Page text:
Edit:    Actually, looking at your schem., I would be tempted to try it with the cathodes directly connected to the OPT and then use a CCS  on the centre-tap...  Maybe another 6CJ6A? 

Anyway, just thoughts, looks good as is too, cheers.

« Last Edit: June 07, 2016, 01:39:59 AM by Winston O'Boogie »


DaveP

Re: EF85 Compressor from scratch
« Reply #10 on: June 08, 2016, 05:40:20 PM »
Quote
I like it Dave    :)   I've done similar with a pair of directly coupled cathode followers after the gain cell pair albeit using different valve choices.   Not much of value to say but, fwiw:

Won't probably sound or measure any better but you could lose a cap by trying it with just one 4.7uF between the OPT centre-tap leads?

I used squalid-state constant current sinks under the followers but... ?

Elevate the heater for the 6JC6's.

Protect the 6JC6's by limiting the grid to cathode voltage at turn on -    Zener. Neon. 

Edit:    Actually, looking at your schem., I would be tempted to try it with the cathodes directly connected to the OPT and then use a CCS  on the centre-tap...  Maybe another 6CJ6A?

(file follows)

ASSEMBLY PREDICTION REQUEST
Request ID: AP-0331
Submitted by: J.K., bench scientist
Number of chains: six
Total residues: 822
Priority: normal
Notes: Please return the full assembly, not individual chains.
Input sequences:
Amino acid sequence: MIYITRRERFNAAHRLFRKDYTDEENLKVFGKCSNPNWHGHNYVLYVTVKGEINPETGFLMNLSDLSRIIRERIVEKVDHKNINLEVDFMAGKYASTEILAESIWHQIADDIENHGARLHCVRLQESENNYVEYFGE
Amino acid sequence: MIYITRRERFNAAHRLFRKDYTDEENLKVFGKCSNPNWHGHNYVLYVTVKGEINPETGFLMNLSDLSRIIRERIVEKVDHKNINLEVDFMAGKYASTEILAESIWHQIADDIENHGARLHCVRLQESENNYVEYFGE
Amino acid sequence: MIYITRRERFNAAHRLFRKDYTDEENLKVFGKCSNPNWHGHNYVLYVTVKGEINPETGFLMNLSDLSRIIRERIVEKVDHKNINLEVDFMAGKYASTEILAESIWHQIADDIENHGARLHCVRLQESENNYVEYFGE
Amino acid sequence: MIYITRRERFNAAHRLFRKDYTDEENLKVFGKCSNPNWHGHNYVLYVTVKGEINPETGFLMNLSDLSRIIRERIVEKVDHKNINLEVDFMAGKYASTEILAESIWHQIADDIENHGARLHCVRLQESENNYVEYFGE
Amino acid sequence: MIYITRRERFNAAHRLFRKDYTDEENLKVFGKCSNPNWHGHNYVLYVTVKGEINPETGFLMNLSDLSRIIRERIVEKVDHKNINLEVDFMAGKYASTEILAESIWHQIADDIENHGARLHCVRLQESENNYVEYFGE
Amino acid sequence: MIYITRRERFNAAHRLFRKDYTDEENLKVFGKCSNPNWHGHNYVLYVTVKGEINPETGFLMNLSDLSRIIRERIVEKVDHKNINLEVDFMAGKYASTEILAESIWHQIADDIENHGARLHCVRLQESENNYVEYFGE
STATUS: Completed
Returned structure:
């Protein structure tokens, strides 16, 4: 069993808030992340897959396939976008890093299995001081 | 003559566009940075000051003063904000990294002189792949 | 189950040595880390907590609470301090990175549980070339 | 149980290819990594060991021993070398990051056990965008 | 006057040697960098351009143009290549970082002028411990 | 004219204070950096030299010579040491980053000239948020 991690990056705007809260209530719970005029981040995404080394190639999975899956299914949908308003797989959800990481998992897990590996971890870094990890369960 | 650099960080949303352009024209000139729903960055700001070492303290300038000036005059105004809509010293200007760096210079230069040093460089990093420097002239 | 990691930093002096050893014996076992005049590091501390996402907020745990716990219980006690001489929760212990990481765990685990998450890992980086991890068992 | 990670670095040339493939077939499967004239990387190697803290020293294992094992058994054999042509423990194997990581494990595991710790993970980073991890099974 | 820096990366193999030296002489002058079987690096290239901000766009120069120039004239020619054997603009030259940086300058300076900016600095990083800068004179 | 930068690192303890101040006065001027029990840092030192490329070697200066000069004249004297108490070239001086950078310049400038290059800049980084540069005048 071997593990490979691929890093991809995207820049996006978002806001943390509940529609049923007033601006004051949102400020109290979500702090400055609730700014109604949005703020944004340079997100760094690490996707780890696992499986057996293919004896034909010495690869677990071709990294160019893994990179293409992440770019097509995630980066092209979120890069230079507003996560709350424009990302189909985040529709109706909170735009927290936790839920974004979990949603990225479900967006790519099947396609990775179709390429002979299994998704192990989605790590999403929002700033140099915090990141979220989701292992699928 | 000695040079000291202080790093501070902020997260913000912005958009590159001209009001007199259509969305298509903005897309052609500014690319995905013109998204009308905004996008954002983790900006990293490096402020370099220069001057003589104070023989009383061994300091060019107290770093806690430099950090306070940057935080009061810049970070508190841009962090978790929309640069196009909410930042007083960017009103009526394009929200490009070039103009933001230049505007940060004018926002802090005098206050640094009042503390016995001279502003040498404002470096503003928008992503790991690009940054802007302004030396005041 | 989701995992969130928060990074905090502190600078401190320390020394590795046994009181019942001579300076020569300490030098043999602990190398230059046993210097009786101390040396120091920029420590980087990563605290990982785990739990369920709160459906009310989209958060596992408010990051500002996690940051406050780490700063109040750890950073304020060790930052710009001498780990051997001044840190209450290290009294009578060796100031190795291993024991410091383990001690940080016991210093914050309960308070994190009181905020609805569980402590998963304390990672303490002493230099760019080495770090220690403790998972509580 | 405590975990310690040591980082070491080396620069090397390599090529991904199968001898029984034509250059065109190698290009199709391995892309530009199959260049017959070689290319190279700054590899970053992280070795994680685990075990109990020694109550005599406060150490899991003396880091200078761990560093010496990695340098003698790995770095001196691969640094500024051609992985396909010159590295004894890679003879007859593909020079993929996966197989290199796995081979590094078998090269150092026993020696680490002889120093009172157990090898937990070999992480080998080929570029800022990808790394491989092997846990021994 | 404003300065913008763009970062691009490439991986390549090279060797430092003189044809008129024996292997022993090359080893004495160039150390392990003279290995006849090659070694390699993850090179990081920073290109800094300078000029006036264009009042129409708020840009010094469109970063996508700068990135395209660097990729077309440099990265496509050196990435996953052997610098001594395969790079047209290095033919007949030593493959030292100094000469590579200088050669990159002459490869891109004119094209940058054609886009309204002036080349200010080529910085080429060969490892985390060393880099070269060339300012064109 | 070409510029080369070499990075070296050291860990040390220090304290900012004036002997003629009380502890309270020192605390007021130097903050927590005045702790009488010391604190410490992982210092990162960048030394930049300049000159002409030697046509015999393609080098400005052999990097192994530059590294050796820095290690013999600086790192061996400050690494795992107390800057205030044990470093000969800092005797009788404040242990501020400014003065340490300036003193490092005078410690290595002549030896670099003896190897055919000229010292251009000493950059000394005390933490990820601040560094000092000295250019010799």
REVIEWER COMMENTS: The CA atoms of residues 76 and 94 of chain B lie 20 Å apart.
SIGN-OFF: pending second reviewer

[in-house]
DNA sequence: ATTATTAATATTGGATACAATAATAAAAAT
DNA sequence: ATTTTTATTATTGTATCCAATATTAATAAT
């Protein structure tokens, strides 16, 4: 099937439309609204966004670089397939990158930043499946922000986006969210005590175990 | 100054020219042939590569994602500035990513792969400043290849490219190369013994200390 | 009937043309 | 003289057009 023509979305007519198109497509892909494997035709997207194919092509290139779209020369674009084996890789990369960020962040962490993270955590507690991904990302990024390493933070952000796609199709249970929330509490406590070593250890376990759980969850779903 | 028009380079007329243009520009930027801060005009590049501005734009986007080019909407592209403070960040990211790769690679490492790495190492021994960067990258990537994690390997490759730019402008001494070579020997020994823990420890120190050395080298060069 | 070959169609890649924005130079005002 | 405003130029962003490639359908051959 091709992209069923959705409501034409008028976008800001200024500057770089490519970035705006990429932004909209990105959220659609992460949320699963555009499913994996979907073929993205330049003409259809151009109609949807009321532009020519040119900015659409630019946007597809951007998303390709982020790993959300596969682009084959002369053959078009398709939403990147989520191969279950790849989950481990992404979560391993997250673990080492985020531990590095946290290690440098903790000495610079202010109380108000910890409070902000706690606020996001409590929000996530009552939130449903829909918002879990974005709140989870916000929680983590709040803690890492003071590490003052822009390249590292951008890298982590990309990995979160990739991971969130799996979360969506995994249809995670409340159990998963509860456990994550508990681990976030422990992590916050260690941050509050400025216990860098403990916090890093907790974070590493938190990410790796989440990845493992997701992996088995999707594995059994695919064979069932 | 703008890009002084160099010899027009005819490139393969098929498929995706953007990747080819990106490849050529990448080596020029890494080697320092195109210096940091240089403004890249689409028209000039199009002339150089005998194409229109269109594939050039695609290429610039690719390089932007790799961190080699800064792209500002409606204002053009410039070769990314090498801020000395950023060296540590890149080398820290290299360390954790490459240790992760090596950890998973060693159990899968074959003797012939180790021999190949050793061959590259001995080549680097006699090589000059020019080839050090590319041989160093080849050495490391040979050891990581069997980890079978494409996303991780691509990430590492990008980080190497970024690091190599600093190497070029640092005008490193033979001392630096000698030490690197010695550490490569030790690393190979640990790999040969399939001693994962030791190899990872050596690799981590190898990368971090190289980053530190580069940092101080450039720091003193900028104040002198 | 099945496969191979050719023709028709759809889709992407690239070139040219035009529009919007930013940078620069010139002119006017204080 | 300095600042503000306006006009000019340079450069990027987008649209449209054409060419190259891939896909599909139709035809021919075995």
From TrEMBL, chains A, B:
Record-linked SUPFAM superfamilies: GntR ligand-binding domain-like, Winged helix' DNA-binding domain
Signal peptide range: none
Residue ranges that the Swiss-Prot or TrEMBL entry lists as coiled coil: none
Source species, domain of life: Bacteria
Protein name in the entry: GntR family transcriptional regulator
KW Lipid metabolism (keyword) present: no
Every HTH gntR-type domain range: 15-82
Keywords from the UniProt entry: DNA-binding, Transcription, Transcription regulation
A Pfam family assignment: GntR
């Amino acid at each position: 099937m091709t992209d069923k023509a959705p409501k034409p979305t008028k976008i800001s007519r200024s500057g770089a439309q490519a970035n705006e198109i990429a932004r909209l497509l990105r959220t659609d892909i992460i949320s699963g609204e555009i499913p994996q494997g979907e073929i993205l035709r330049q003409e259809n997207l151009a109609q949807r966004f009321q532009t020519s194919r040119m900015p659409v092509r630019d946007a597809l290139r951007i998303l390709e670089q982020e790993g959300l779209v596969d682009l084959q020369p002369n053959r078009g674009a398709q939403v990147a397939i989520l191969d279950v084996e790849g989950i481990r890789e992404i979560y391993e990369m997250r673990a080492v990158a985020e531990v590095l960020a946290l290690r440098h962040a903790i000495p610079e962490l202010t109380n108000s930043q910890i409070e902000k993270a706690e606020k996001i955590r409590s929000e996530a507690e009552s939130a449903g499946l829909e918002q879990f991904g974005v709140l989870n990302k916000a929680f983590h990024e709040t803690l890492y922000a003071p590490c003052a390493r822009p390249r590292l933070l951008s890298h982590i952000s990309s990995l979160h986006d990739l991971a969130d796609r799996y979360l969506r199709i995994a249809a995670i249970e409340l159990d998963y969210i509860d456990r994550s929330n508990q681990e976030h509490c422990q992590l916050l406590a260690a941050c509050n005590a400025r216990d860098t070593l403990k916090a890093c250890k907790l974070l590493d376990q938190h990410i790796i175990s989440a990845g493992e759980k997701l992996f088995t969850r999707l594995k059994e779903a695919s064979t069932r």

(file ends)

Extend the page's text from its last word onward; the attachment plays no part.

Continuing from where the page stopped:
I will try one cap and no caps as you say.

The heaters will be elevated on the 6JC6A's.

The grids come up slowly with the regulated supply which gives a soft start effect.

These are my provisional timings which were also used on the Group DIY comp.



Any comments welcome

Best
DaveP
Soundcloud: Delayed Action.

DaveP

Re: EF85 Compressor from scratch
« Reply #11 on: June 16, 2016, 04:44:33 PM »
I have been working on the best OPT to use for the signal amp.

I tested a range of Edcor OPT's of various impedance and you might be interested to see the results.
These were tested with a common input voltage except the 600:600 which had square waves at that input level, I reduced the level for that TX until it was back to a clean sine wave, although the output level was fair, I don't think I'd like to run the amp into such a low load.  Output Z of the amp was ~100 ohms.